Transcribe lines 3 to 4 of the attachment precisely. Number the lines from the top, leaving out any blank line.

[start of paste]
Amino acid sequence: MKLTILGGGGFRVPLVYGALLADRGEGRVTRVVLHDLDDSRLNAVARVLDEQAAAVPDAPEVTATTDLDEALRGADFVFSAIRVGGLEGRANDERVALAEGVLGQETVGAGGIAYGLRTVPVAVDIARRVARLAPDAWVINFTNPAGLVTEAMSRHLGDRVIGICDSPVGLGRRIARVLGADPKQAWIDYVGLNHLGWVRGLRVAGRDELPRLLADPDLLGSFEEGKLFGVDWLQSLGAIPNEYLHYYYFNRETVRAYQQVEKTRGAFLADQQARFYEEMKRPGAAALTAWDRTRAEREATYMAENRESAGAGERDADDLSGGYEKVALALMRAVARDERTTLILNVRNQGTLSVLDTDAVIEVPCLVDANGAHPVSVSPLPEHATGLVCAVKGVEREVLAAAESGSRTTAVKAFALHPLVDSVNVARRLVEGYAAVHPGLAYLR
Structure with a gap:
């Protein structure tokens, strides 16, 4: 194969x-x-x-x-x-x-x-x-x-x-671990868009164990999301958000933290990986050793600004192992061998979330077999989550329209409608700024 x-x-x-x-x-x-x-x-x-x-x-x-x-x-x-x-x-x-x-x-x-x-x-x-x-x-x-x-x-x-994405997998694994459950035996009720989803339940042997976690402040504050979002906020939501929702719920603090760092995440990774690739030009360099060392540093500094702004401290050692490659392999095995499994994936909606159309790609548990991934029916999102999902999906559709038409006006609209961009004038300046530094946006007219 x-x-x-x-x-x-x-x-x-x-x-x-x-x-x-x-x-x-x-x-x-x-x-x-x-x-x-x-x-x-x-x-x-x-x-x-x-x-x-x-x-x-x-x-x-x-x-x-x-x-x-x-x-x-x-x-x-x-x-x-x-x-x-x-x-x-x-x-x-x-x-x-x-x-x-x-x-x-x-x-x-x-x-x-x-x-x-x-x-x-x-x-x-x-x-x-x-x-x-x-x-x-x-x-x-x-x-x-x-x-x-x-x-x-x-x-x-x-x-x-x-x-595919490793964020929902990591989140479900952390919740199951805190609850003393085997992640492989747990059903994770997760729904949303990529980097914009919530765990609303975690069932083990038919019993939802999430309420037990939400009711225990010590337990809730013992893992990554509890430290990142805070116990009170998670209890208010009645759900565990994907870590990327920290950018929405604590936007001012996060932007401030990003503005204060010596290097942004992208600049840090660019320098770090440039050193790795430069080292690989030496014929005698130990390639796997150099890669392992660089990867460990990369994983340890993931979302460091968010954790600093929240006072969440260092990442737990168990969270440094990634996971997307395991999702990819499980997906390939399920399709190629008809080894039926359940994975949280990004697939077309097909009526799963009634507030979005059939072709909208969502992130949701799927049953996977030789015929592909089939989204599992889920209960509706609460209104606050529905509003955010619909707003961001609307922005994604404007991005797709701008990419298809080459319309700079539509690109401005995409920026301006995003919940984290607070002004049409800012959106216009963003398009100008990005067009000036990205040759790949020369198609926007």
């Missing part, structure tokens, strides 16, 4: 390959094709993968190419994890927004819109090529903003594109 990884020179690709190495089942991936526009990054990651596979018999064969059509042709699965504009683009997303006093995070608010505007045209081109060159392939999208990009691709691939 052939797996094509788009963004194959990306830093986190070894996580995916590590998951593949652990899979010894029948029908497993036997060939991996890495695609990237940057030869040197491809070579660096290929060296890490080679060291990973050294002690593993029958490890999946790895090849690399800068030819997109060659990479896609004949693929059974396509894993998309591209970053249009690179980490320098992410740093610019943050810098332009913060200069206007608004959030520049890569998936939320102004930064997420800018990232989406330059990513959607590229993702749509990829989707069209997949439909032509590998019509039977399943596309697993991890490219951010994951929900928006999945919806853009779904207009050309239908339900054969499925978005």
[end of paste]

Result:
């Protein structure tokens, strides 16, 4: 194969x-x-x-x-x-x-x-x-x-x-671990868009164990999301958000933290990986050793600004192992061998979330077999989550329209409608700024 x-x-x-x-x-x-x-x-x-x-x-x-x-x-x-x-x-x-x-x-x-x-x-x-x-x-x-x-x-x-994405997998694994459950035996009720989803339940042997976690402040504050979002906020939501929702719920603090760092995440990774690739030009360099060392540093500094702004401290050692490659392999095995499994994936909606159309790609548990991934029916999102999902999906559709038409006006609209961009004038300046530094946006007219 x-x-x-x-x-x-x-x-x-x-x-x-x-x-x-x-x-x-x-x-x-x-x-x-x-x-x-x-x-x-x-x-x-x-x-x-x-x-x-x-x-x-x-x-x-x-x-x-x-x-x-x-x-x-x-x-x-x-x-x-x-x-x-x-x-x-x-x-x-x-x-x-x-x-x-x-x-x-x-x-x-x-x-x-x-x-x-x-x-x-x-x-x-x-x-x-x-x-x-x-x-x-x-x-x-x-x-x-x-x-x-x-x-x-x-x-x-x-x-x-x-x-595919490793964020929902990591989140479900952390919740199951805190609850003393085997992640492989747990059903994770997760729904949303990529980097914009919530765990609303975690069932083990038919019993939802999430309420037990939400009711225990010590337990809730013992893992990554509890430290990142805070116990009170998670209890208010009645759900565990994907870590990327920290950018929405604590936007001012996060932007401030990003503005204060010596290097942004992208600049840090660019320098770090440039050193790795430069080292690989030496014929005698130990390639796997150099890669392992660089990867460990990369994983340890993931979302460091968010954790600093929240006072969440260092990442737990168990969270440094990634996971997307395991999702990819499980997906390939399920399709190629008809080894039926359940994975949280990004697939077309097909009526799963009634507030979005059939072709909208969502992130949701799927049953996977030789015929592909089939989204599992889920209960509706609460209104606050529905509003955010619909707003961001609307922005994604404007991005797709701008990419298809080459319309700079539509690109401005995409920026301006995003919940984290607070002004049409800012959106216009963003398009100008990005067009000036990205040759790949020369198609926007």
């Missing part, structure tokens, strides 16, 4: 390959094709993968190419994890927004819109090529903003594109 990884020179690709190495089942991936526009990054990651596979018999064969059509042709699965504009683009997303006093995070608010505007045209081109060159392939999208990009691709691939 052939797996094509788009963004194959990306830093986190070894996580995916590590998951593949652990899979010894029948029908497993036997060939991996890495695609990237940057030869040197491809070579660096290929060296890490080679060291990973050294002690593993029958490890999946790895090849690399800068030819997109060659990479896609004949693929059974396509894993998309591209970053249009690179980490320098992410740093610019943050810098332009913060200069206007608004959030520049890569998936939320102004930064997420800018990232989406330059990513959607590229993702749509990829989707069209997949439909032509590998019509039977399943596309697993991890490219951010994951929900928006999945919806853009779904207009050309239908339900054969499925978005």